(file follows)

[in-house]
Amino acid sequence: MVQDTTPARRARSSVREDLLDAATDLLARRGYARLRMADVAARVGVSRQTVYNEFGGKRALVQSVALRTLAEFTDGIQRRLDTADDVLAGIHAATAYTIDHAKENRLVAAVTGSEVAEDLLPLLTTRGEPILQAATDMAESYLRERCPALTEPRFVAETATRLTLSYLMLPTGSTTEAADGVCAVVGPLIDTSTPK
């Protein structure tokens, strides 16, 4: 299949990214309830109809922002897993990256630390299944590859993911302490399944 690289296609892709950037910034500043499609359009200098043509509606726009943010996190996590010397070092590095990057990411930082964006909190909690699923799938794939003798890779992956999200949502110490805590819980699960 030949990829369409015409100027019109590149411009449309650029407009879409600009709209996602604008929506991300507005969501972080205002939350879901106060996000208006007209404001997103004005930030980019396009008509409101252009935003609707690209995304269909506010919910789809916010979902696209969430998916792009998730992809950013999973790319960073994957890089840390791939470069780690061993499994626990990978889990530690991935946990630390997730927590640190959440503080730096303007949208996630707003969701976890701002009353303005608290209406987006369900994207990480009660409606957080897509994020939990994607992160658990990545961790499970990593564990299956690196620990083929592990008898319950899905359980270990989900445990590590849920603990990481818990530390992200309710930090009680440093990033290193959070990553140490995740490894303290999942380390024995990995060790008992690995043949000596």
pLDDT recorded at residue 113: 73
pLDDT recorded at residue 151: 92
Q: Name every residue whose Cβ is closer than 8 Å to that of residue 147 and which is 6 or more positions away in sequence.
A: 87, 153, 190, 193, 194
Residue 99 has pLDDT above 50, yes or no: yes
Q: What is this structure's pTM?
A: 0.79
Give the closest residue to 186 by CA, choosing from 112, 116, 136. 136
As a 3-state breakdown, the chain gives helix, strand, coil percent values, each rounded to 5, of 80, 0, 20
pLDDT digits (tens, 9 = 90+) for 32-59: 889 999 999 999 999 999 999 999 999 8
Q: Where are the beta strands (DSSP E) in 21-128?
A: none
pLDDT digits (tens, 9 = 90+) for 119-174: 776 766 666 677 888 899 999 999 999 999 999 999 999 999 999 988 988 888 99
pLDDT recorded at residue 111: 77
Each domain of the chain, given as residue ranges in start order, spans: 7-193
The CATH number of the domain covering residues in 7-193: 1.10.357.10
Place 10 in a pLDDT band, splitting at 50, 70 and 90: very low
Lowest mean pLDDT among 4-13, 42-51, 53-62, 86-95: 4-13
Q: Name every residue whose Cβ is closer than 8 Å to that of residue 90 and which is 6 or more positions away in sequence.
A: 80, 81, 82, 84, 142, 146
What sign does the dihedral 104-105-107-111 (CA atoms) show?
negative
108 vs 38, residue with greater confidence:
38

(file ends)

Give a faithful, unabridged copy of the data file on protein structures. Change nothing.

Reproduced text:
[in-house]
Amino acid sequence: MVQDTTPARRARSSVREDLLDAATDLLARRGYARLRMADVAARVGVSRQTVYNEFGGKRALVQSVALRTLAEFTDGIQRRLDTADDVLAGIHAATAYTIDHAKENRLVAAVTGSEVAEDLLPLLTTRGEPILQAATDMAESYLRERCPALTEPRFVAETATRLTLSYLMLPTGSTTEAADGVCAVVGPLIDTSTPK
């Protein structure tokens, strides 16, 4: 299949990214309830109809922002897993990256630390299944590859993911302490399944 690289296609892709950037910034500043499609359009200098043509509606726009943010996190996590010397070092590095990057990411930082964006909190909690699923799938794939003798890779992956999200949502110490805590819980699960 030949990829369409015409100027019109590149411009449309650029407009879409600009709209996602604008929506991300507005969501972080205002939350879901106060996000208006007209404001997103004005930030980019396009008509409101252009935003609707690209995304269909506010919910789809916010979902696209969430998916792009998730992809950013999973790319960073994957890089840390791939470069780690061993499994626990990978889990530690991935946990630390997730927590640190959440503080730096303007949208996630707003969701976890701002009353303005608290209406987006369900994207990480009660409606957080897509994020939990994607992160658990990545961790499970990593564990299956690196620990083929592990008898319950899905359980270990989900445990590590849920603990990481818990530390992200309710930090009680440093990033290193959070990553140490995740490894303290999942380390024995990995060790008992690995043949000596």
pLDDT recorded at residue 113: 73
pLDDT recorded at residue 151: 92
Q: Name every residue whose Cβ is closer than 8 Å to that of residue 147 and which is 6 or more positions away in sequence.
A: 87, 153, 190, 193, 194
Residue 99 has pLDDT above 50, yes or no: yes
Q: What is this structure's pTM?
A: 0.79
Give the closest residue to 186 by CA, choosing from 112, 116, 136. 136
As a 3-state breakdown, the chain gives helix, strand, coil percent values, each rounded to 5, of 80, 0, 20
pLDDT digits (tens, 9 = 90+) for 32-59: 889 999 999 999 999 999 999 999 999 8
Q: Where are the beta strands (DSSP E) in 21-128?
A: none
pLDDT digits (tens, 9 = 90+) for 119-174: 776 766 666 677 888 899 999 999 999 999 999 999 999 999 999 988 988 888 99
pLDDT recorded at residue 111: 77
Each domain of the chain, given as residue ranges in start order, spans: 7-193
The CATH number of the domain covering residues in 7-193: 1.10.357.10
Place 10 in a pLDDT band, splitting at 50, 70 and 90: very low
Lowest mean pLDDT among 4-13, 42-51, 53-62, 86-95: 4-13
Q: Name every residue whose Cβ is closer than 8 Å to that of residue 90 and which is 6 or more positions away in sequence.
A: 80, 81, 82, 84, 142, 146
What sign does the dihedral 104-105-107-111 (CA atoms) show?
negative
108 vs 38, residue with greater confidence:
38